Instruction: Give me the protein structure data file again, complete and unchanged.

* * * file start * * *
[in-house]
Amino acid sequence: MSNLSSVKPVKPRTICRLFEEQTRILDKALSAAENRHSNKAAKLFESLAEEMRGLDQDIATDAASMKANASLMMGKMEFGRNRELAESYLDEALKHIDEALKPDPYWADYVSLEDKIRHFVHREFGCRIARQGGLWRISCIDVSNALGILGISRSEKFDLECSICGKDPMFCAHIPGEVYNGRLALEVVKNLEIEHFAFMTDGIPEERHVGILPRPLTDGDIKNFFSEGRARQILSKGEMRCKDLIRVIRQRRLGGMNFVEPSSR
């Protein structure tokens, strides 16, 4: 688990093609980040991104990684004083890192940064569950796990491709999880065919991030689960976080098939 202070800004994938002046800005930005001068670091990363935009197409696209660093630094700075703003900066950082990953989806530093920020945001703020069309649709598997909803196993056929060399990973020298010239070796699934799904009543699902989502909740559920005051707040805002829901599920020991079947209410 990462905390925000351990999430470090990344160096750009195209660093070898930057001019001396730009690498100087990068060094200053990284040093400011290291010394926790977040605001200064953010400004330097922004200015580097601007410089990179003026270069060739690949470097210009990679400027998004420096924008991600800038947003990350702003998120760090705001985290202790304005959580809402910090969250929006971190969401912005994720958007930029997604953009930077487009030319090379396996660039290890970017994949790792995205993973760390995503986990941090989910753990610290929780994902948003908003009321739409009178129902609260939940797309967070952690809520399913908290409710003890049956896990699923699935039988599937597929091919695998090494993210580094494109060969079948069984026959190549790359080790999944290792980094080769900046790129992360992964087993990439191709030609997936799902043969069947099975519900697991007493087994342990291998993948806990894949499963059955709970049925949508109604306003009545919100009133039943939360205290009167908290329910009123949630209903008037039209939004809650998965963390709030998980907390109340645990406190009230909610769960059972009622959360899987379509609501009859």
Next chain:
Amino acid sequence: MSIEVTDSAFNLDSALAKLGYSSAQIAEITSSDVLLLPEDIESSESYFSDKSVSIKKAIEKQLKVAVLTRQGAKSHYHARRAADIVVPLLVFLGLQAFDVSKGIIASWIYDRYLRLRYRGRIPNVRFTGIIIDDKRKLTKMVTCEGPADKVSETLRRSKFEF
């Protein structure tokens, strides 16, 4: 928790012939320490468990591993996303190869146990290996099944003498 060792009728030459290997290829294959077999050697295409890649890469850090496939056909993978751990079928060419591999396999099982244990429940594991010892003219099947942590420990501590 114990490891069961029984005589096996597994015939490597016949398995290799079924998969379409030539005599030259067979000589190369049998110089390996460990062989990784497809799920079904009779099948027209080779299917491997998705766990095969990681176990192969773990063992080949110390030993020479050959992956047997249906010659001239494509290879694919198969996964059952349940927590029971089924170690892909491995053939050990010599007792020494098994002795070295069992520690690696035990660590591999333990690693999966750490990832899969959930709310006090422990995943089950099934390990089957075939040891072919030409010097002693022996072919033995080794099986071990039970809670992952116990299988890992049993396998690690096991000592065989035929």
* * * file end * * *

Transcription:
[in-house]
Amino acid sequence: MSNLSSVKPVKPRTICRLFEEQTRILDKALSAAENRHSNKAAKLFESLAEEMRGLDQDIATDAASMKANASLMMGKMEFGRNRELAESYLDEALKHIDEALKPDPYWADYVSLEDKIRHFVHREFGCRIARQGGLWRISCIDVSNALGILGISRSEKFDLECSICGKDPMFCAHIPGEVYNGRLALEVVKNLEIEHFAFMTDGIPEERHVGILPRPLTDGDIKNFFSEGRARQILSKGEMRCKDLIRVIRQRRLGGMNFVEPSSR
């Protein structure tokens, strides 16, 4: 688990093609980040991104990684004083890192940064569950796990491709999880065919991030689960976080098939 202070800004994938002046800005930005001068670091990363935009197409696209660093630094700075703003900066950082990953989806530093920020945001703020069309649709598997909803196993056929060399990973020298010239070796699934799904009543699902989502909740559920005051707040805002829901599920020991079947209410 990462905390925000351990999430470090990344160096750009195209660093070898930057001019001396730009690498100087990068060094200053990284040093400011290291010394926790977040605001200064953010400004330097922004200015580097601007410089990179003026270069060739690949470097210009990679400027998004420096924008991600800038947003990350702003998120760090705001985290202790304005959580809402910090969250929006971190969401912005994720958007930029997604953009930077487009030319090379396996660039290890970017994949790792995205993973760390995503986990941090989910753990610290929780994902948003908003009321739409009178129902609260939940797309967070952690809520399913908290409710003890049956896990699923699935039988599937597929091919695998090494993210580094494109060969079948069984026959190549790359080790999944290792980094080769900046790129992360992964087993990439191709030609997936799902043969069947099975519900697991007493087994342990291998993948806990894949499963059955709970049925949508109604306003009545919100009133039943939360205290009167908290329910009123949630209903008037039209939004809650998965963390709030998980907390109340645990406190009230909610769960059972009622959360899987379509609501009859």
Next chain:
Amino acid sequence: MSIEVTDSAFNLDSALAKLGYSSAQIAEITSSDVLLLPEDIESSESYFSDKSVSIKKAIEKQLKVAVLTRQGAKSHYHARRAADIVVPLLVFLGLQAFDVSKGIIASWIYDRYLRLRYRGRIPNVRFTGIIIDDKRKLTKMVTCEGPADKVSETLRRSKFEF
């Protein structure tokens, strides 16, 4: 928790012939320490468990591993996303190869146990290996099944003498 060792009728030459290997290829294959077999050697295409890649890469850090496939056909993978751990079928060419591999396999099982244990429940594991010892003219099947942590420990501590 114990490891069961029984005589096996597994015939490597016949398995290799079924998969379409030539005599030259067979000589190369049998110089390996460990062989990784497809799920079904009779099948027209080779299917491997998705766990095969990681176990192969773990063992080949110390030993020479050959992956047997249906010659001239494509290879694919198969996964059952349940927590029971089924170690892909491995053939050990010599007792020494098994002795070295069992520690690696035990660590591999333990690693999966750490990832899969959930709310006090422990995943089950099934390990089957075939040891072919030409010097002693022996072919033995080794099986071990039970809670992952116990299988890992049993396998690690096991000592065989035929």